On Islam and Being a Muslim Woman in the United States, Dr. Chan-Malik Speaks at First Mondays

This past Monday, Sylvia Chan-Malik was welcomed as the First Monday speaker for Block 3. Chan-Malik is a professor at Rutgers School of Arts and Sciences in the Women’s and Gender Studies Department; her PhD is in ethnic studies. She came to CC to discuss her current research, which focuses on the history of Islam in the U.S.

Photo courtesy of CC Website

Chan-Malik studies the intersections of race, gender, and religion, and how these categories interact in struggles for social justice. Her talk was initially titled “Being Muslim: A Cultural History of Women of Color and American Islam,” after her book, but she re-named her presentation “Four American Muslim Women,” after the image she used to tell a story.

Chan-Malik began by presenting an image of four Muslim women that was taken in 1922. She proceeded to focus on one woman in particular named Florence Watts, taking the audience back to the beginning of the spread of Islam in the U.S. Chan-Malik asserted that many Americans associate Islam coming to the U.S. with events such as 9/11 and other terrorist attacks, when actually Islam has existed in this country since long before. She sought to illustrate Islam as a religion that—in writing—stands for strong community and gender equality, and she discussed the way these ideals led to the spread of the religion in the U.S.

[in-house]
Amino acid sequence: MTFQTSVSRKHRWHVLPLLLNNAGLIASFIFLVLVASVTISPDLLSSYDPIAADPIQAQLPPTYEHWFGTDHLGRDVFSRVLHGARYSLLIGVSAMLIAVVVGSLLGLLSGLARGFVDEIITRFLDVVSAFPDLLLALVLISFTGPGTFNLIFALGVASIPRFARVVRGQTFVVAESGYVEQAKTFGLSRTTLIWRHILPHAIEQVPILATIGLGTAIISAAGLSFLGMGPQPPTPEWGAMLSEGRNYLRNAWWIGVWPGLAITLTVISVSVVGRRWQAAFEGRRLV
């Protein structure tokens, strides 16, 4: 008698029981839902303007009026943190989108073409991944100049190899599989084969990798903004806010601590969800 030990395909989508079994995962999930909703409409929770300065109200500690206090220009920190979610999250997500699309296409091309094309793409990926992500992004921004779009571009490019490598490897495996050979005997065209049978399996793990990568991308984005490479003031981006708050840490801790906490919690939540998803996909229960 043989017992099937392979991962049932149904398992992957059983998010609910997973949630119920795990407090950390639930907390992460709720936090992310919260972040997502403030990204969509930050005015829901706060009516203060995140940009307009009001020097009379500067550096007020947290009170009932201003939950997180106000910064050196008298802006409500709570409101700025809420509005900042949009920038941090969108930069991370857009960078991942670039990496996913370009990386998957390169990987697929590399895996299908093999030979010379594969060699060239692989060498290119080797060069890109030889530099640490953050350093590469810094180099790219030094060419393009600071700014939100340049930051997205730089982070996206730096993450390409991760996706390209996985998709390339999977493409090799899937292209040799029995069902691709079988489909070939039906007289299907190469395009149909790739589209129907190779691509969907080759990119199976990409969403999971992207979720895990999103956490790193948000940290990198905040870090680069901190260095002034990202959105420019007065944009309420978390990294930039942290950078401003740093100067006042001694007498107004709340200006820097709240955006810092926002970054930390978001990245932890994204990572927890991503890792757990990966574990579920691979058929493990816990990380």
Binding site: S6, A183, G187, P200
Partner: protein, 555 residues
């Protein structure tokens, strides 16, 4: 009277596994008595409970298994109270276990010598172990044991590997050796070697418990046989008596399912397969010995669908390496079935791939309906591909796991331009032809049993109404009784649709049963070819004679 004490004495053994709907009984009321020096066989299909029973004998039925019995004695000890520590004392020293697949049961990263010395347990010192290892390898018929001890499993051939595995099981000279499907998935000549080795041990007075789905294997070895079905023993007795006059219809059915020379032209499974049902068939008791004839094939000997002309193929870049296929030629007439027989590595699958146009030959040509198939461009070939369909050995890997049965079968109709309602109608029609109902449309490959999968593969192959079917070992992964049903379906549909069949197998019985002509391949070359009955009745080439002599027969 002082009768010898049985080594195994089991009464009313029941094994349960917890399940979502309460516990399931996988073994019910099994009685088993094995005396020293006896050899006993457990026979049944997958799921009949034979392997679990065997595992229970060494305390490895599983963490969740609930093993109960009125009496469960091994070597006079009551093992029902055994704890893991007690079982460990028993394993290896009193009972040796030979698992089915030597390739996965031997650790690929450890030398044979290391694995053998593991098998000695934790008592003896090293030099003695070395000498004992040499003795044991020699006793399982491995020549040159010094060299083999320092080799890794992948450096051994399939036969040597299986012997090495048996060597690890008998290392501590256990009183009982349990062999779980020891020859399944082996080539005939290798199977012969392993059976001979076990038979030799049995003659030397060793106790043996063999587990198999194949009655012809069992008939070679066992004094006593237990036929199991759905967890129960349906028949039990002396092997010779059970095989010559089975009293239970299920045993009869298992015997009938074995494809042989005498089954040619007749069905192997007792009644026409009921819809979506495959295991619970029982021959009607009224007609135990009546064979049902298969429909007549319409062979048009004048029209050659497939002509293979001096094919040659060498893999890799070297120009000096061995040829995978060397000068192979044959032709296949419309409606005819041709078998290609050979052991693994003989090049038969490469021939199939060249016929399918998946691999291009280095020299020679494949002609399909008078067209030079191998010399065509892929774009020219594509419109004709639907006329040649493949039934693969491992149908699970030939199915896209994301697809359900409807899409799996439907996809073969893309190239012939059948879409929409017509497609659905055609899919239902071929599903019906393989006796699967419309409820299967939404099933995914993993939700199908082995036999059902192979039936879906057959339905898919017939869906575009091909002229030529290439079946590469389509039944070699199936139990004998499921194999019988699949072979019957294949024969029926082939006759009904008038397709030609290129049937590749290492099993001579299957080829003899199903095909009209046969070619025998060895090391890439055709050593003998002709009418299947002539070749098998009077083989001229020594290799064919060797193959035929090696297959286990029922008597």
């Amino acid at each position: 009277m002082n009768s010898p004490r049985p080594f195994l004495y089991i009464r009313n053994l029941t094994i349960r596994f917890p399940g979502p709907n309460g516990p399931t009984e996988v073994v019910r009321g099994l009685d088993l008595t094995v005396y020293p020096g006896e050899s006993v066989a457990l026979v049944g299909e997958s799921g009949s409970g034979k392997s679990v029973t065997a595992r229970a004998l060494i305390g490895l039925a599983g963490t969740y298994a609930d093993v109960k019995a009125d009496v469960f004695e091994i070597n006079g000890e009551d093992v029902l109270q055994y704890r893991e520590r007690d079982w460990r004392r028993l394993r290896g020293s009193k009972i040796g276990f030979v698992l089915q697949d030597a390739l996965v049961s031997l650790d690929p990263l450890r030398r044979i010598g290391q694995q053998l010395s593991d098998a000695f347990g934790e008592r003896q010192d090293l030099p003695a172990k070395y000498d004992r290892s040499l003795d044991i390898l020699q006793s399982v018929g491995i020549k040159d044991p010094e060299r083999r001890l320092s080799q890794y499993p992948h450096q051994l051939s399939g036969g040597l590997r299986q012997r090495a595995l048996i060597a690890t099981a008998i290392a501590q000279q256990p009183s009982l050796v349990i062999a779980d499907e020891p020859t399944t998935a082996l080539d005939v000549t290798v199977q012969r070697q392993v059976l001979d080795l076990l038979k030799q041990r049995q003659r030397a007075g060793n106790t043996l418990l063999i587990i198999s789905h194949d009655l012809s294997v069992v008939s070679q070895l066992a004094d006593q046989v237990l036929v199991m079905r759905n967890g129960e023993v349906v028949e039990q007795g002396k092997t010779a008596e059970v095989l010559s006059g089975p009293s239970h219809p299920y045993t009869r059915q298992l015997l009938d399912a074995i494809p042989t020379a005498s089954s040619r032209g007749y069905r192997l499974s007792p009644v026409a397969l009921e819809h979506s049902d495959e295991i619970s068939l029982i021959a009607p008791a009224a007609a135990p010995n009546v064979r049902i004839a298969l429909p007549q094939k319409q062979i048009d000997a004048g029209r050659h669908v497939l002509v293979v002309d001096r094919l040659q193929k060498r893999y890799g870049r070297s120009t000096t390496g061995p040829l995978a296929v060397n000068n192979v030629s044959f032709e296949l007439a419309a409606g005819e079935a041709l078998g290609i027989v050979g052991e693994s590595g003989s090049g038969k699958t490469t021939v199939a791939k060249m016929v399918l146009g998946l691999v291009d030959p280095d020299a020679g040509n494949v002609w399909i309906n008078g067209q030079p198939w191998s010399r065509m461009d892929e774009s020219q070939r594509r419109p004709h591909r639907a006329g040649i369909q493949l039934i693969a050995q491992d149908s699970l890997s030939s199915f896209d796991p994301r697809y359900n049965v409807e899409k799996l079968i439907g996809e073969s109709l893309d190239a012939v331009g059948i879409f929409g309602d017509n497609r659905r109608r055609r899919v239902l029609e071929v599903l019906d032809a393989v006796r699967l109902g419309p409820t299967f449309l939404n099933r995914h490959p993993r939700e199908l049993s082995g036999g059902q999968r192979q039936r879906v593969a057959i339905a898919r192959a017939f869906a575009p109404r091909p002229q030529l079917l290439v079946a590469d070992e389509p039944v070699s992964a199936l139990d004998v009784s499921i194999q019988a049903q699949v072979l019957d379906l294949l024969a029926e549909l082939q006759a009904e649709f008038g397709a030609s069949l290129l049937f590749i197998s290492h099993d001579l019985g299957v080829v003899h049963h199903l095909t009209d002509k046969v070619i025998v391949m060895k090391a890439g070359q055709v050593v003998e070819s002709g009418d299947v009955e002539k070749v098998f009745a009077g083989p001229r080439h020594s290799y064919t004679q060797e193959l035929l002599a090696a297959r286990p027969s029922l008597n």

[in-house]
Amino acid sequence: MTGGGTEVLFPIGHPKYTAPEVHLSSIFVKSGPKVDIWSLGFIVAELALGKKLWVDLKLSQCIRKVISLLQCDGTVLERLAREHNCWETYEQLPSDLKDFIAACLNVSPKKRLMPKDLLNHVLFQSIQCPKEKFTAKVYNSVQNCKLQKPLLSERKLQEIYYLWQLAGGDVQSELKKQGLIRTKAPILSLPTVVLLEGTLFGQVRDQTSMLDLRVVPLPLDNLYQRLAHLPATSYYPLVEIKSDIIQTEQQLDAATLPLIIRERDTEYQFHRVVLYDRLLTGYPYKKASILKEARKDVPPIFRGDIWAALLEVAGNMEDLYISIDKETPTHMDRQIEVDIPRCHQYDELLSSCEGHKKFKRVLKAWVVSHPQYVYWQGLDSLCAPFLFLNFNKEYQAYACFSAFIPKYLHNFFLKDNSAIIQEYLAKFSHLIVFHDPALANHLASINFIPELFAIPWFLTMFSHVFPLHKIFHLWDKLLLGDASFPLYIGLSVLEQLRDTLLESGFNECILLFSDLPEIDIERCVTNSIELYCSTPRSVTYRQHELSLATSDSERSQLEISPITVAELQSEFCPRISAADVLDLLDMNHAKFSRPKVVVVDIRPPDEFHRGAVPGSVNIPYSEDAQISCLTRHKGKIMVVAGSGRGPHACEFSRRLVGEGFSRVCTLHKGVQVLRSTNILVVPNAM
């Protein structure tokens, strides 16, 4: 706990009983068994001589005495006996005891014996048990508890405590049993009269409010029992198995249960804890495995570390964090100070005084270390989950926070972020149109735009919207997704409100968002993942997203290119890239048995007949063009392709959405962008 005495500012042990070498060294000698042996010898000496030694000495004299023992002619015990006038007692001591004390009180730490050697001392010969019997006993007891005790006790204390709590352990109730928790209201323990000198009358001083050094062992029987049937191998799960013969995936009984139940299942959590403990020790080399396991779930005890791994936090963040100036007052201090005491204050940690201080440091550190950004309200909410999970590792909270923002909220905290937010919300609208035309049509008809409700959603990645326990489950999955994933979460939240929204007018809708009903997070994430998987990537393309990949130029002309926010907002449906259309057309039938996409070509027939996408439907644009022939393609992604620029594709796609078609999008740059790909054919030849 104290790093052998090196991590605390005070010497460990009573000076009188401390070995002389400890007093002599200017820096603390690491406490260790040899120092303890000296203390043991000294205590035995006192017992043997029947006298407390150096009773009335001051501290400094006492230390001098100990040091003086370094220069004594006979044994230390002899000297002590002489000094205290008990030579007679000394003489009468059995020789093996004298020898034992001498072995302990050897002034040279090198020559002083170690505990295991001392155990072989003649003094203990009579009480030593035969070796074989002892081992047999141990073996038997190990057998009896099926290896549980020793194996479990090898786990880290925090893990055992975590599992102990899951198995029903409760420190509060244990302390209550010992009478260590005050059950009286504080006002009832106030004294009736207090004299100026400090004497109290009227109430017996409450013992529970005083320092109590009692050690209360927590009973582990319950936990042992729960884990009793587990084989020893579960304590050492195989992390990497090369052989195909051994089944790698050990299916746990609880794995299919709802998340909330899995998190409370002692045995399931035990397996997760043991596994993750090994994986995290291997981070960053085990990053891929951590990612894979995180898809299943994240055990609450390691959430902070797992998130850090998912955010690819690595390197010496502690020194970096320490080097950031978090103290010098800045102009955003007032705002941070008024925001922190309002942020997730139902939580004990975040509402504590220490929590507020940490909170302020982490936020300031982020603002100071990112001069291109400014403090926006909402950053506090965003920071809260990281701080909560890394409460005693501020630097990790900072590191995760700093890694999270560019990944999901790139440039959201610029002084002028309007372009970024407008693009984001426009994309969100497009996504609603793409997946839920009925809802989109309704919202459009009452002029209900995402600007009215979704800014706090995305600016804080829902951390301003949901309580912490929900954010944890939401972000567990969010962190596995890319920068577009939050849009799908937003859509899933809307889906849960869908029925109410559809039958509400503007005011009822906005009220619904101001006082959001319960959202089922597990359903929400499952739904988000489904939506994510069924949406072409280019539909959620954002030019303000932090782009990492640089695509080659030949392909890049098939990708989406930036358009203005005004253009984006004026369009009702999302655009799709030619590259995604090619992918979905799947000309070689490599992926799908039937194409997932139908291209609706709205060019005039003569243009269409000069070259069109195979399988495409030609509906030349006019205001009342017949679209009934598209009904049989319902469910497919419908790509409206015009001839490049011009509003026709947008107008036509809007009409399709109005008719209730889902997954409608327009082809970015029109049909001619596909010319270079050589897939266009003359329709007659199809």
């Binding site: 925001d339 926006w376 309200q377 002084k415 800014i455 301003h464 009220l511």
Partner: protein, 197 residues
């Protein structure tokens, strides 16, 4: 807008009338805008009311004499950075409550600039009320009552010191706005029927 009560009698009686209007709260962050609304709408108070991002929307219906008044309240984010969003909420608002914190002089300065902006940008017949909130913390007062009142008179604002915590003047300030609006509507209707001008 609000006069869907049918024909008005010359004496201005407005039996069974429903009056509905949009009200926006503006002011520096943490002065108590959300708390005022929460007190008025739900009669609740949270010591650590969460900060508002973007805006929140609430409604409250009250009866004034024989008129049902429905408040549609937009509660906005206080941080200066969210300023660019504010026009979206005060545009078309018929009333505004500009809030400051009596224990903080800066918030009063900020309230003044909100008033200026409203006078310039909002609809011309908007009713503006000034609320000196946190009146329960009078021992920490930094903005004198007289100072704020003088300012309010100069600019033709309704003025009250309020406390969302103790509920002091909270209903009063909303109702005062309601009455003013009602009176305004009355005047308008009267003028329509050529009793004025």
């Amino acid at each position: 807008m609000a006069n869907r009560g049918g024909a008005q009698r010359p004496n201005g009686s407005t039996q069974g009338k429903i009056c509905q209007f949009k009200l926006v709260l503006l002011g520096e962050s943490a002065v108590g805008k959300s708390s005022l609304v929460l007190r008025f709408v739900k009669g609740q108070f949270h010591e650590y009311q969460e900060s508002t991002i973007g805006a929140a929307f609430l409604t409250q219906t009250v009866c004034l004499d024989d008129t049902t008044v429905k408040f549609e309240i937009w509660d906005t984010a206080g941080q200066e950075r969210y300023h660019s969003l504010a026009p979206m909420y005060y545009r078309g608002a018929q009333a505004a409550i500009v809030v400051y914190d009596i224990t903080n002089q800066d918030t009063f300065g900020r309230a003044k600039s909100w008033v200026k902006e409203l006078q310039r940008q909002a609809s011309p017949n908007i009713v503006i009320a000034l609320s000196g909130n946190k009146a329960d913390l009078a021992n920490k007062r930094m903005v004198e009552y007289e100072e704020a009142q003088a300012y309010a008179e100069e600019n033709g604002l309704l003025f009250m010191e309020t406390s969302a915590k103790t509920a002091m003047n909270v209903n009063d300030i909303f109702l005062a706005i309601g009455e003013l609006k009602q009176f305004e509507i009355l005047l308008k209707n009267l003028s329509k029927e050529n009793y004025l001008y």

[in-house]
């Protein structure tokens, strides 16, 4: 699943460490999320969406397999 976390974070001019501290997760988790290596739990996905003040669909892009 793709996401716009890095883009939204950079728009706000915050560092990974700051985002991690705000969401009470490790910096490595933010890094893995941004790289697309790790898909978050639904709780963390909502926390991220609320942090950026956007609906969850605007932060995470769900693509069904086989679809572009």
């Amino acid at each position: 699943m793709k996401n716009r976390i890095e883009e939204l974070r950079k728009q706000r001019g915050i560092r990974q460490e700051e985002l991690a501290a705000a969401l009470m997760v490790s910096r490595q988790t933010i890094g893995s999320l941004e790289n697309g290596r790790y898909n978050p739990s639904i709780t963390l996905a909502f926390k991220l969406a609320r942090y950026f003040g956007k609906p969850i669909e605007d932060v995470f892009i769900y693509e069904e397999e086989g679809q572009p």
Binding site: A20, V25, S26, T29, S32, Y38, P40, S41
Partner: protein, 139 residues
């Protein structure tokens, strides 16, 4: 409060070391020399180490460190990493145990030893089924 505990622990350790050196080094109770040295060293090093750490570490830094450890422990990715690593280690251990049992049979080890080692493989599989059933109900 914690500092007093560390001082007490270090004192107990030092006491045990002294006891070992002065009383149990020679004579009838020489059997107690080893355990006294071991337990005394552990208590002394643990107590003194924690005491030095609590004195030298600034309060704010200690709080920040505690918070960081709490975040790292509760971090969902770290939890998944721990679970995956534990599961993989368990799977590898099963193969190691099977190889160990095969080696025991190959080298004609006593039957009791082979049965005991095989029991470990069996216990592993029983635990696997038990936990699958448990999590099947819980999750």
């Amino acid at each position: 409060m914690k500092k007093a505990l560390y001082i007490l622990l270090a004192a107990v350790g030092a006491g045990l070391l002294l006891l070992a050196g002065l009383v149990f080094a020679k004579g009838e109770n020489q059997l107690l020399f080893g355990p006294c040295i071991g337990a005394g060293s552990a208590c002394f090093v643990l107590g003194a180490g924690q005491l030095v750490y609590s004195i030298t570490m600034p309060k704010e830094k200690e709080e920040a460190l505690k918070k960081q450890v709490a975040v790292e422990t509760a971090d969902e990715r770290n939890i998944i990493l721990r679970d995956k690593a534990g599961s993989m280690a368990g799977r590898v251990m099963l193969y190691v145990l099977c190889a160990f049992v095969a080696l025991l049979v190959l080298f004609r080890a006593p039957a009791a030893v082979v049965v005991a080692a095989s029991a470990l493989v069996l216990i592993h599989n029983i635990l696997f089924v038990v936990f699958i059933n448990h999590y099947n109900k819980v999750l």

Chan-Malik drew ties between the emancipation from slavery and spread of Islam in black communities. She highlighted the history of blacks seeking freedom and communities, tracing large movements of black populations from the South. She  focused on the migration of over 1.5 million blacks to Chicago between WWI and WWII and the movement of approximately 6 million black migrants from the South to the Northeast, Midwest, and West between 1916 and 1970.

Chan-Malik talked about black migrants seeking Islam in an attempt to find community and a “universal brotherhood,” and she highlighted the way in which Islam may have been perceived as a better religion for black people due to the fact that it had not been used as a rationale for slavery. Islam, she said, became a means of re-naming oneself and gifting a new sense of humanity. Chan-Malik drew a comparison between the understanding of Islam at that time, and the perception of Buddhism by many today, as a means of a “spiritual escape” from Christianity. Chan-Malik eventually came back to the image of the four women, and tied together the ends of the story she had created, using Florence Watts as a kind of amalgam to illustrate the reality of many other women at that time—a time where she claimed, “no one really knew what it meant to be Muslim, or what Islam was really about.”

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